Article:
Why Shippers Should Care About Total Landed Costs

The unprecedented economic downturn, combined with the very unpredictable changes in key supply chain variables over the last few years, shows why shippers should take a more holistic approach when making network configuration decisions. The dramatic spike in fuel prices last year serves a perfect example. The fuel ≥crisis≤ was a catalyst that forced companies to reevaluate their supply chain footprint. However, in what has proved to be a highly volatile global economy, creating a network design based on just that one factor was like betting the odds.

There are many factors that impact the effectiveness and efficiency of a supply chain. Companies must take a number of quantitative and qualitative risks into consideration. Because these factors and risks can be a moving target, companies looking to be competitive in todayπs marketplace need to consider the Total Landed Cost of goods when making supply chain decisions.

Total Landed Cost of a product incorporates all the costs incurred within the supply chain in order to make the product available for consumption. This includes but is not limited to manufacturing and sourcing costs, transportation, inventory, trade costs, and risk of disruptions, among others. The impact of changes in one or more of these factors can have a significant impact on the total cost of the product, and consequentially, the best way to configure a supply chain to bring that product to market.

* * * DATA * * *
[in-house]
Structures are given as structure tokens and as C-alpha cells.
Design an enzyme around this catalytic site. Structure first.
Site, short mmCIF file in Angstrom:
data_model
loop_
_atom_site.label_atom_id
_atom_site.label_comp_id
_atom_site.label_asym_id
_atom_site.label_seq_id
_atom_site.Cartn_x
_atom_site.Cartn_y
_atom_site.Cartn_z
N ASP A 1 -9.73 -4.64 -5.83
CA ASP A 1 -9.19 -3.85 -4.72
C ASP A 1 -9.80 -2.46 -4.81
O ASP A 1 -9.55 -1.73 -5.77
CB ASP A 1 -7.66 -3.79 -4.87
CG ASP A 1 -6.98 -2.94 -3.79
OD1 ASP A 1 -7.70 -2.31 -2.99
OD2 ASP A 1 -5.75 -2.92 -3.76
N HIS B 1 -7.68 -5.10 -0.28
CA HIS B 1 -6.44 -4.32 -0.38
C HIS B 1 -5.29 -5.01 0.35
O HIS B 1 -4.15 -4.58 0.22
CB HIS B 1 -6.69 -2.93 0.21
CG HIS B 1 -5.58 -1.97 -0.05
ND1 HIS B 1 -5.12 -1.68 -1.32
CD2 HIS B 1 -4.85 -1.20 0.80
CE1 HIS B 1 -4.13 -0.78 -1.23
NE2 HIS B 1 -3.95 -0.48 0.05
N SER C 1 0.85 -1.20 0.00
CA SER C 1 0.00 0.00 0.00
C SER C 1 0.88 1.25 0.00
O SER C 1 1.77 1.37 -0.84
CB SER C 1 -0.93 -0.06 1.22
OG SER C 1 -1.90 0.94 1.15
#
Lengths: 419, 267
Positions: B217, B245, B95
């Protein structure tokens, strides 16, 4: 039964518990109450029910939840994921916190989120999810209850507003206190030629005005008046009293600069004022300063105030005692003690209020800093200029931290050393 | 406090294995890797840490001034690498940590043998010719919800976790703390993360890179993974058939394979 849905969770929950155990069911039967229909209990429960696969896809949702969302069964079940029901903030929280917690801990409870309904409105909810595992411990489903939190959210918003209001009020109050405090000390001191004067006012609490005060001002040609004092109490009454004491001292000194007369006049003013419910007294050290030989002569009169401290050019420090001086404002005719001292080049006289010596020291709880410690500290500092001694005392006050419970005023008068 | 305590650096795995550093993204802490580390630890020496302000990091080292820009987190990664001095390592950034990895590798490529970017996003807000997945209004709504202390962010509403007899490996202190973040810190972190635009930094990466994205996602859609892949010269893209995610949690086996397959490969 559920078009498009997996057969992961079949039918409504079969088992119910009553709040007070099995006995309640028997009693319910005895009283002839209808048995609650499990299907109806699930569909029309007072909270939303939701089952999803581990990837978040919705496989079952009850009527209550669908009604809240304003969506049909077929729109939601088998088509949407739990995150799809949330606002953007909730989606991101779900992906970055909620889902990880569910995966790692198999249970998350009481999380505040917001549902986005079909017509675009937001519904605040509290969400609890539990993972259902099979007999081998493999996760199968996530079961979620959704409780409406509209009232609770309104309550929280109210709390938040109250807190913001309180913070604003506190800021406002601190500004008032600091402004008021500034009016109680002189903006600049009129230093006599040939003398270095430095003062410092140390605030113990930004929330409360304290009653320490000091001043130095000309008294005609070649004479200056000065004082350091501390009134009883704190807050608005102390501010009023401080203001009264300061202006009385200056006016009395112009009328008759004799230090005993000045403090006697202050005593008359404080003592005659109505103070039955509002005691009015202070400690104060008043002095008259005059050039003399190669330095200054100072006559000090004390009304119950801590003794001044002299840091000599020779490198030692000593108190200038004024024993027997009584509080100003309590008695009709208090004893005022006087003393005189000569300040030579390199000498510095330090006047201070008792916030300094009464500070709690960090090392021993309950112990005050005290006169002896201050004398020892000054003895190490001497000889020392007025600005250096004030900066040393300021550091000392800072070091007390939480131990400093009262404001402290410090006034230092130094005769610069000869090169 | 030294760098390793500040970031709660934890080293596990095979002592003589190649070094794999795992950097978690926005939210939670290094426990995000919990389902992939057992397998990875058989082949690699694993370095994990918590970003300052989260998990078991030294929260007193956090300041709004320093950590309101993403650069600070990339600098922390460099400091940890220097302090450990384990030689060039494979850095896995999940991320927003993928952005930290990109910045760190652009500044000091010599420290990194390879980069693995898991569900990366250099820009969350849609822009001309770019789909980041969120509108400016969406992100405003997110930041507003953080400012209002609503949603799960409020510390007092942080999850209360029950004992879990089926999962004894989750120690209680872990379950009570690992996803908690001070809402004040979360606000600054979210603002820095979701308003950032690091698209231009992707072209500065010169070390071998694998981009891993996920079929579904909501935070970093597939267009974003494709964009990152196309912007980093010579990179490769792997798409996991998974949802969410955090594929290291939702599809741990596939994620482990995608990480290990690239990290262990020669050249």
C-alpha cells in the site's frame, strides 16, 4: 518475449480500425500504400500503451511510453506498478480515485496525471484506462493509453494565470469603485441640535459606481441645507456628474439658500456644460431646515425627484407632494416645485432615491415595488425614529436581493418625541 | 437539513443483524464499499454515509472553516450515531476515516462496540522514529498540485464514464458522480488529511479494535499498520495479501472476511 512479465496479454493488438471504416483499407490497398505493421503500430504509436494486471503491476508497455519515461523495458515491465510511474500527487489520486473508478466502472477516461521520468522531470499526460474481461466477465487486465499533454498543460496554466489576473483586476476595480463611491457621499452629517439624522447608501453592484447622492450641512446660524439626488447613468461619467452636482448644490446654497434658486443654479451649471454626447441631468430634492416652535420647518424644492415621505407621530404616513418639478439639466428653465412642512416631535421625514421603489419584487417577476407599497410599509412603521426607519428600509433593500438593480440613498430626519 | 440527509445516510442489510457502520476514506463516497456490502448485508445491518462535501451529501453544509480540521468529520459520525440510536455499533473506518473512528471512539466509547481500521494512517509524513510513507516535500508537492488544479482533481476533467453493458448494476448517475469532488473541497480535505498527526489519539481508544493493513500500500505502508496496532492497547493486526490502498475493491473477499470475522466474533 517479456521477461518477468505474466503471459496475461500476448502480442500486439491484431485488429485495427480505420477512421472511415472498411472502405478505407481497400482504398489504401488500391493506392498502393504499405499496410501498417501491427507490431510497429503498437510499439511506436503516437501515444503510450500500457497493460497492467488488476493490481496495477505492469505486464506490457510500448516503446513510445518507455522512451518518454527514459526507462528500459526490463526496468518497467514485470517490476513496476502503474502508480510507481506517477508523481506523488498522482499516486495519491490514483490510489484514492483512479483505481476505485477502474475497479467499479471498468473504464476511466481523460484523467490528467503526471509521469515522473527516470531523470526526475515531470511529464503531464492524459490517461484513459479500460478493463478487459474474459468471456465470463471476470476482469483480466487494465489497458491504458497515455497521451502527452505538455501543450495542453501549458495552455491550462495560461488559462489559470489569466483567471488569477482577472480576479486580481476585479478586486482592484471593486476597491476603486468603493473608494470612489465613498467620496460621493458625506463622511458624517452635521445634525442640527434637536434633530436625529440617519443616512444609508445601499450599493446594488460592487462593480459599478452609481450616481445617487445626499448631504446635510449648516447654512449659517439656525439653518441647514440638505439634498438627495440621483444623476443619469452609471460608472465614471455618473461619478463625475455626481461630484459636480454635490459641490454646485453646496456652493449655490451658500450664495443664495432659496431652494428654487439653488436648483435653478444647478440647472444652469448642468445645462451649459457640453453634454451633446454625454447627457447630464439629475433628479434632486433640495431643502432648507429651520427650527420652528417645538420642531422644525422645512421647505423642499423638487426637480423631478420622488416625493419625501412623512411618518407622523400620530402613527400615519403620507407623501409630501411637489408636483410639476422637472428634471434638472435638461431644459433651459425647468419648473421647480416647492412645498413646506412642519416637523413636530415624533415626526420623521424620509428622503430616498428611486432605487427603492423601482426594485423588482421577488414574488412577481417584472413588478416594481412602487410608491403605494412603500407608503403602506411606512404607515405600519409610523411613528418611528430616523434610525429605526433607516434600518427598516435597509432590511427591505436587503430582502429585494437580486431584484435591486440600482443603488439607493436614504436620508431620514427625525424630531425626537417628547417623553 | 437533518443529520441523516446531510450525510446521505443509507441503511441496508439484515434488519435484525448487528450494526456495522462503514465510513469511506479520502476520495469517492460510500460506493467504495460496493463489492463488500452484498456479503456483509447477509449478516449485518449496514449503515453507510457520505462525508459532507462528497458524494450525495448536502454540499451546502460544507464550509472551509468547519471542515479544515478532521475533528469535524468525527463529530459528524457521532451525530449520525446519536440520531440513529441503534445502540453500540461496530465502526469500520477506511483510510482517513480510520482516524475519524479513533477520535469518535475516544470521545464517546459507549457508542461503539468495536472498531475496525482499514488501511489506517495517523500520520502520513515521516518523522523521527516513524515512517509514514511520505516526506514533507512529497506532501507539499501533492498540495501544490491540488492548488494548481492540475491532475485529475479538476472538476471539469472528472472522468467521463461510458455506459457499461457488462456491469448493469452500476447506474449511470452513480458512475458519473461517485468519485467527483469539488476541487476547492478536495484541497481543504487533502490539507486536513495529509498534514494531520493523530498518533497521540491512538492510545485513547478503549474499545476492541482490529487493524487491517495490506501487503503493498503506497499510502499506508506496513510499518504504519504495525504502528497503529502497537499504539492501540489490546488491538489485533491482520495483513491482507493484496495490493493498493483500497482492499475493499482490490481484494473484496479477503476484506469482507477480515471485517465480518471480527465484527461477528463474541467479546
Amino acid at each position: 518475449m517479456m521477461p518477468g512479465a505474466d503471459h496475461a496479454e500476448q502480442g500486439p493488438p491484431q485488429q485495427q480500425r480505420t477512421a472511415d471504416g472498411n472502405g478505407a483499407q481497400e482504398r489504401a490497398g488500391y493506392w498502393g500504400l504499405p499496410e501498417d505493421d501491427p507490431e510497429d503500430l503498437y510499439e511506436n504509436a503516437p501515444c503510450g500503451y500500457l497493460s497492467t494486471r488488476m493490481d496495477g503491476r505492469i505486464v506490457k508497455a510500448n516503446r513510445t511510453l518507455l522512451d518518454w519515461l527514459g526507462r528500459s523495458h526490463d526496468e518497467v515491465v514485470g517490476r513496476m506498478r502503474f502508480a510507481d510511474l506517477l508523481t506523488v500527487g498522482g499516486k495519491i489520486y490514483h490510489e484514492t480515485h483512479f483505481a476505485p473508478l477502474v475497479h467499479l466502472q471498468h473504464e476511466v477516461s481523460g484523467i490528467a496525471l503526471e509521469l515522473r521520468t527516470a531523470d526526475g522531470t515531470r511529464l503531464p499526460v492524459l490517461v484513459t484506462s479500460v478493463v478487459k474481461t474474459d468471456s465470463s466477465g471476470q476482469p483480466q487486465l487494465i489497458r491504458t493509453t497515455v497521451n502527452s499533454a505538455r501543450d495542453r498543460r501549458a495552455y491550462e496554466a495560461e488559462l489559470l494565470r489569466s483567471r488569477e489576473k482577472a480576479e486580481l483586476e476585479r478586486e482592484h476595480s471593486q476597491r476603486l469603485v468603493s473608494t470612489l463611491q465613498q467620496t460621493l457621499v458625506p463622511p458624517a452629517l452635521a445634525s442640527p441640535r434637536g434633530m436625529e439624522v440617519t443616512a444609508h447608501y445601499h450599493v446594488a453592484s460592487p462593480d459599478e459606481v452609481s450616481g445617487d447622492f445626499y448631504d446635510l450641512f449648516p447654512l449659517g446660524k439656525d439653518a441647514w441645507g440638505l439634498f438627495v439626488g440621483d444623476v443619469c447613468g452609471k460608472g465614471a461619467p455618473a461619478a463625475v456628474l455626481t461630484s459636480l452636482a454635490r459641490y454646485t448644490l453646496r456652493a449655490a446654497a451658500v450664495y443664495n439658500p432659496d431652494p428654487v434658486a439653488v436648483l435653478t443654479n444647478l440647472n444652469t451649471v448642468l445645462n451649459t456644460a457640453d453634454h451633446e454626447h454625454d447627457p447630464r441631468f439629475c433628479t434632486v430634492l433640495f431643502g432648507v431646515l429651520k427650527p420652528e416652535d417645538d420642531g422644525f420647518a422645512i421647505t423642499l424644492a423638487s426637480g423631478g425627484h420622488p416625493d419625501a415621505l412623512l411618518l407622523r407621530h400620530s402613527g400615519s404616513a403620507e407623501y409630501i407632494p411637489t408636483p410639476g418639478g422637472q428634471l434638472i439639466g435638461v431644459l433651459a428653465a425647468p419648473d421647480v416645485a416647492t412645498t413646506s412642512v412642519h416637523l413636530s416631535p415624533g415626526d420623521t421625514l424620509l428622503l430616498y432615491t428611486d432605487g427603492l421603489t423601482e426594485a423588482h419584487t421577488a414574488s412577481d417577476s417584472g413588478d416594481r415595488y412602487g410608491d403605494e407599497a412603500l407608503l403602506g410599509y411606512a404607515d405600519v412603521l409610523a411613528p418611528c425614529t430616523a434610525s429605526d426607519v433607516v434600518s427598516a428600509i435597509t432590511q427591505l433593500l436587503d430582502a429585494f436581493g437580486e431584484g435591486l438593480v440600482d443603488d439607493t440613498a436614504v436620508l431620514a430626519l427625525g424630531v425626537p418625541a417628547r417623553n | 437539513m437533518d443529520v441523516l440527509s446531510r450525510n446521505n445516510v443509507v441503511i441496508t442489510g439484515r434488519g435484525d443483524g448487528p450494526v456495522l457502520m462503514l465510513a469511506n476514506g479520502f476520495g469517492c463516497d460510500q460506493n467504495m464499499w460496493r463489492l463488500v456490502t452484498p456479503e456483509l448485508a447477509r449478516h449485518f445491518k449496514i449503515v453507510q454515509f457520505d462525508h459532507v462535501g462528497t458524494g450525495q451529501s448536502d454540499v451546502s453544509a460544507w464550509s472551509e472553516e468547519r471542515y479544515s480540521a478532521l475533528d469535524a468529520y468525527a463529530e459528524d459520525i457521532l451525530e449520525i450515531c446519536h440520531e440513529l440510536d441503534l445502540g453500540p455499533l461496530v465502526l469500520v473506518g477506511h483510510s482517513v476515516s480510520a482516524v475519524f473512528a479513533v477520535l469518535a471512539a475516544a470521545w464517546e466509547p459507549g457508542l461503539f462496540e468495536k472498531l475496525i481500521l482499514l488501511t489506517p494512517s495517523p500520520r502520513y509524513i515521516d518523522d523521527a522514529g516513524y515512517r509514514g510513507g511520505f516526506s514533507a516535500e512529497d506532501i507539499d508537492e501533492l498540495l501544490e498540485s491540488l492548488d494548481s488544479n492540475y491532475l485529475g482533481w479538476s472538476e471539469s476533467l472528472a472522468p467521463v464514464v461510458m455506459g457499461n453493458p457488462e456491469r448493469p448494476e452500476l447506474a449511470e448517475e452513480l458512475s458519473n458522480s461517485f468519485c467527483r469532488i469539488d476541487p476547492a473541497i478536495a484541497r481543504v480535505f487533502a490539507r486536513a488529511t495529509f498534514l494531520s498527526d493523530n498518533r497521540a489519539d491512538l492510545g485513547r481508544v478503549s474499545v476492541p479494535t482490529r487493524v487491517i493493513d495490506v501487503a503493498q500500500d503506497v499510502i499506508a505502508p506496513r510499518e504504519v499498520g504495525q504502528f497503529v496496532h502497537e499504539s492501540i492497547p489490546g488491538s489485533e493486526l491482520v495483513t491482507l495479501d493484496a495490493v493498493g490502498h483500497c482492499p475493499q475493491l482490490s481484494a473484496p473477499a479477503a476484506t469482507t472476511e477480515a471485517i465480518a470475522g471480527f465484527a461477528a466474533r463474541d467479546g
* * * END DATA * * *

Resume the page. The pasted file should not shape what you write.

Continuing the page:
In addition to some of the more obvious costs mentioned above, costs associated with quality, insurance, duties and taxes, expedites, deconsolidation, and rework or returns, all impact the total cost of a product. By understanding and assigning costs associated with the various components of a supply chain, a company can determine optimal sourcing locations, optimize networks, identify high cost aspects of its supply chain, and perform ≥what if≤ scenarios and risk analysis.

The value of Total Landed Cost analytics allows businesses to model before they cut costs by truly optimizing their supply chain according to real market conditions, ultimately reducing working capital and improving cash flow.

Letπs take a look at how understanding Total Landed Cost impacts a decision to source in Mexico versus China. With a narrow view, the production costs from a vendor in China look significantly better than costs from Mexico. But once we factor in other variables such as the cost of inventory in transit, transportation, duties, and fuel, the Total Landed Cost of a product sourced in Mexico becomes clearly more attractive.

Being able to determine the true Total Landed Cost requires a significant amount of data, from across various functions in an organization≠so this kind of analysis also becomes an exercise in teamwork that demands visibility beyond just the supply chain function.

The Total Landed Costs analysis strengthens the supply chain decision support process, by allowing companies to develop trade flow simulations that give visibility into the impact of making one supply chain decision over another. Ultimately, armed with this information, a business will have the coveted flexibility in their supply chain to adjust quickly to market realities and improve shareholder value.

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